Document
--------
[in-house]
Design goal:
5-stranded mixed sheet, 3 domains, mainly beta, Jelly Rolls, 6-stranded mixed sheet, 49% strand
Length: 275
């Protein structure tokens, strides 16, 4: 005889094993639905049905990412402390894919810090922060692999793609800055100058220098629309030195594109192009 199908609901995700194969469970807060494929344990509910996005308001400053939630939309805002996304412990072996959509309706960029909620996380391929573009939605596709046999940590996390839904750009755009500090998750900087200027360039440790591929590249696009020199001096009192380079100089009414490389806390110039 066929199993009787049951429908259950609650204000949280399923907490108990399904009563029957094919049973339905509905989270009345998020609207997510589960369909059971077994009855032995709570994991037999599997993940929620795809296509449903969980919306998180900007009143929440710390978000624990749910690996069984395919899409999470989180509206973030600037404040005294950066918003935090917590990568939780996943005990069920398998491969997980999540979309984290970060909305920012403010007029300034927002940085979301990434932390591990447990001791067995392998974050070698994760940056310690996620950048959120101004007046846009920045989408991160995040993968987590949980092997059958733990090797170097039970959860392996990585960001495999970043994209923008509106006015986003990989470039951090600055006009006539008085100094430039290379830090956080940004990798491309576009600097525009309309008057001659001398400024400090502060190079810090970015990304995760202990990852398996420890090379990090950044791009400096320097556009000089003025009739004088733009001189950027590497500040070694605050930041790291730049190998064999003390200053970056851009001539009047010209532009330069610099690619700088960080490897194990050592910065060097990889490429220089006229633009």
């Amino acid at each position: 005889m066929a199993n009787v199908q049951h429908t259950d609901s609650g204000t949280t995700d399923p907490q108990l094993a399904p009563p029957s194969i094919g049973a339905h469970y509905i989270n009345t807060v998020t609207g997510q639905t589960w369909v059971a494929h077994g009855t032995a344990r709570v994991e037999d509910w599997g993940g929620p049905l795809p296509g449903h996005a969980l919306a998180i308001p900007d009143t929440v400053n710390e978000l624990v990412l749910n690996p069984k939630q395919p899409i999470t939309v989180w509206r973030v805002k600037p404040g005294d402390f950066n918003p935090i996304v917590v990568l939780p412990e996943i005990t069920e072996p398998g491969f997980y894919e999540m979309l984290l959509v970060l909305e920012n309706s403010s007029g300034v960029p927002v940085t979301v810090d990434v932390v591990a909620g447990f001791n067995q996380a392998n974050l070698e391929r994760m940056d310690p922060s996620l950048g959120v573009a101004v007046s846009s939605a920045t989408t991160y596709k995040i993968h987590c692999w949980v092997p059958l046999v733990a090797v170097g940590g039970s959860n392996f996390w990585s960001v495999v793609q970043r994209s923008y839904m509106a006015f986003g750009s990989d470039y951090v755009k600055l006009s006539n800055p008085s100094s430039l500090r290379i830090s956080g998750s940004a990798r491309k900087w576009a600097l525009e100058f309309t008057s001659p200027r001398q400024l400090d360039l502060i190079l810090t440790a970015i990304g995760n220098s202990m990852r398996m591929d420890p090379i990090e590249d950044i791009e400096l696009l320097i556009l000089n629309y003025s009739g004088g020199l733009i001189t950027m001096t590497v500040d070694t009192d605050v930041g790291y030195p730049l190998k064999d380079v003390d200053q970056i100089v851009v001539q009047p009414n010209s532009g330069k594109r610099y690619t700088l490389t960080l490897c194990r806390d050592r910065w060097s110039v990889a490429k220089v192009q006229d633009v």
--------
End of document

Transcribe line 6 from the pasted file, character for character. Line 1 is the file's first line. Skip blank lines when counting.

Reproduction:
């Amino acid at each position: 005889m066929a199993n009787v199908q049951h429908t259950d609901s609650g204000t949280t995700d399923p907490q108990l094993a399904p009563p029957s194969i094919g049973a339905h469970y509905i989270n009345t807060v998020t609207g997510q639905t589960w369909v059971a494929h077994g009855t032995a344990r709570v994991e037999d509910w599997g993940g929620p049905l795809p296509g449903h996005a969980l919306a998180i308001p900007d009143t929440v400053n710390e978000l624990v990412l749910n690996p069984k939630q395919p899409i999470t939309v989180w509206r973030v805002k600037p404040g005294d402390f950066n918003p935090i996304v917590v990568l939780p412990e996943i005990t069920e072996p398998g491969f997980y894919e999540m979309l984290l959509v970060l909305e920012n309706s403010s007029g300034v960029p927002v940085t979301v810090d990434v932390v591990a909620g447990f001791n067995q996380a392998n974050l070698e391929r994760m940056d310690p922060s996620l950048g959120v573009a101004v007046s846009s939605a920045t989408t991160y596709k995040i993968h987590c692999w949980v092997p059958l046999v733990a090797v170097g940590g039970s959860n392996f996390w990585s960001v495999v793609q970043r994209s923008y839904m509106a006015f986003g750009s990989d470039y951090v755009k600055l006009s006539n800055p008085s100094s430039l500090r290379i830090s956080g998750s940004a990798r491309k900087w576009a600097l525009e100058f309309t008057s001659p200027r001398q400024l400090d360039l502060i190079l810090t440790a970015i990304g995760n220098s202990m990852r398996m591929d420890p090379i990090e590249d950044i791009e400096l696009l320097i556009l000089n629309y003025s009739g004088g020199l733009i001189t950027m001096t590497v500040d070694t009192d605050v930041g790291y030195p730049l190998k064999d380079v003390d200053q970056i100089v851009v001539q009047p009414n010209s532009g330069k594109r610099y690619t700088l490389t960080l490897c194990r806390d050592r910065w060097s110039v990889a490429k220089v192009q006229d633009v």